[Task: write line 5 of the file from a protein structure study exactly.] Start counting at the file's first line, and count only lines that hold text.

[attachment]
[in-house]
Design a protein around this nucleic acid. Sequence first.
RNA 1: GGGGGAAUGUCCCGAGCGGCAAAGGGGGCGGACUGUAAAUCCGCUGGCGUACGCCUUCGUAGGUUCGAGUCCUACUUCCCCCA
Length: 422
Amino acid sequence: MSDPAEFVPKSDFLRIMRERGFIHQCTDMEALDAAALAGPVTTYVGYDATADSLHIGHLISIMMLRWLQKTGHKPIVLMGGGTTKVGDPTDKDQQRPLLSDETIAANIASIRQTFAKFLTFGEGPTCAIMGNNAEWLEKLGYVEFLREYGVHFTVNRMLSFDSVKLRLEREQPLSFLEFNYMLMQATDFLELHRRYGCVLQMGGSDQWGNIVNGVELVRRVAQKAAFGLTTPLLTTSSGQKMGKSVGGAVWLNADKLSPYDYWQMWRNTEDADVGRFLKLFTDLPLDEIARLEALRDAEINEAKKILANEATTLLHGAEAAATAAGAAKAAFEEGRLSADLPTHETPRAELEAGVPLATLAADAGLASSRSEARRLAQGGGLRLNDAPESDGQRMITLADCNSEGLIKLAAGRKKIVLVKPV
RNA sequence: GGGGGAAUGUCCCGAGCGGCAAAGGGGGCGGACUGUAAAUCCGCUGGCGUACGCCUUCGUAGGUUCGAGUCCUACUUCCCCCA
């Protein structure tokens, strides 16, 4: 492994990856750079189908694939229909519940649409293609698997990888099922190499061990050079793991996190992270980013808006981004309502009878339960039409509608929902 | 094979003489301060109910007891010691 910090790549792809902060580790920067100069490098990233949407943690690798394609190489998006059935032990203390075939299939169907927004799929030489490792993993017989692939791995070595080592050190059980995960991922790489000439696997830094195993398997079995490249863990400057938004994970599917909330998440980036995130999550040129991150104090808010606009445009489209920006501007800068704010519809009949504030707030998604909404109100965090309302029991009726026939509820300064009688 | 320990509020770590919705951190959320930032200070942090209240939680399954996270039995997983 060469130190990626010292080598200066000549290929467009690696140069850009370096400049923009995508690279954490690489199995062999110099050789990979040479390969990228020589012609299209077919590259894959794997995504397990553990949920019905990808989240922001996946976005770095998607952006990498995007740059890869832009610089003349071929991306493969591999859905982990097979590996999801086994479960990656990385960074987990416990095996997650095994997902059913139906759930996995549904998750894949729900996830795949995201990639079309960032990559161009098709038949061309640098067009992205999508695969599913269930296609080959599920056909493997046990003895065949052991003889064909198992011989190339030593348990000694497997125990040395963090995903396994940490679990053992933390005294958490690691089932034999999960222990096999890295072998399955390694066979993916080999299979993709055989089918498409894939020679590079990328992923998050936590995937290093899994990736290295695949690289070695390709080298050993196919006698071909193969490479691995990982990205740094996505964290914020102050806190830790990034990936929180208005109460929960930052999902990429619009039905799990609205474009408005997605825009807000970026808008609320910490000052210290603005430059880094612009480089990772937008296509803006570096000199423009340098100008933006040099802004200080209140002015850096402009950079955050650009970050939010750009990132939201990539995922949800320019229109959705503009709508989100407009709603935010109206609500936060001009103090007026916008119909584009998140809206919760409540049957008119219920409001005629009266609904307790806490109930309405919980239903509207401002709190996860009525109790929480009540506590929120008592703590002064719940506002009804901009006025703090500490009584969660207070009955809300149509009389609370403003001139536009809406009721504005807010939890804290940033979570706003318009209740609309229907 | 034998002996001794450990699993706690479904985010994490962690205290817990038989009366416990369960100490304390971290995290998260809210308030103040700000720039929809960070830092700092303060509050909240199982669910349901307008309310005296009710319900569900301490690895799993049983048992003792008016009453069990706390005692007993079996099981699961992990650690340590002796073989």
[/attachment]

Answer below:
Amino acid sequence: MSDPAEFVPKSDFLRIMRERGFIHQCTDMEALDAAALAGPVTTYVGYDATADSLHIGHLISIMMLRWLQKTGHKPIVLMGGGTTKVGDPTDKDQQRPLLSDETIAANIASIRQTFAKFLTFGEGPTCAIMGNNAEWLEKLGYVEFLREYGVHFTVNRMLSFDSVKLRLEREQPLSFLEFNYMLMQATDFLELHRRYGCVLQMGGSDQWGNIVNGVELVRRVAQKAAFGLTTPLLTTSSGQKMGKSVGGAVWLNADKLSPYDYWQMWRNTEDADVGRFLKLFTDLPLDEIARLEALRDAEINEAKKILANEATTLLHGAEAAATAAGAAKAAFEEGRLSADLPTHETPRAELEAGVPLATLAADAGLASSRSEARRLAQGGGLRLNDAPESDGQRMITLADCNSEGLIKLAAGRKKIVLVKPV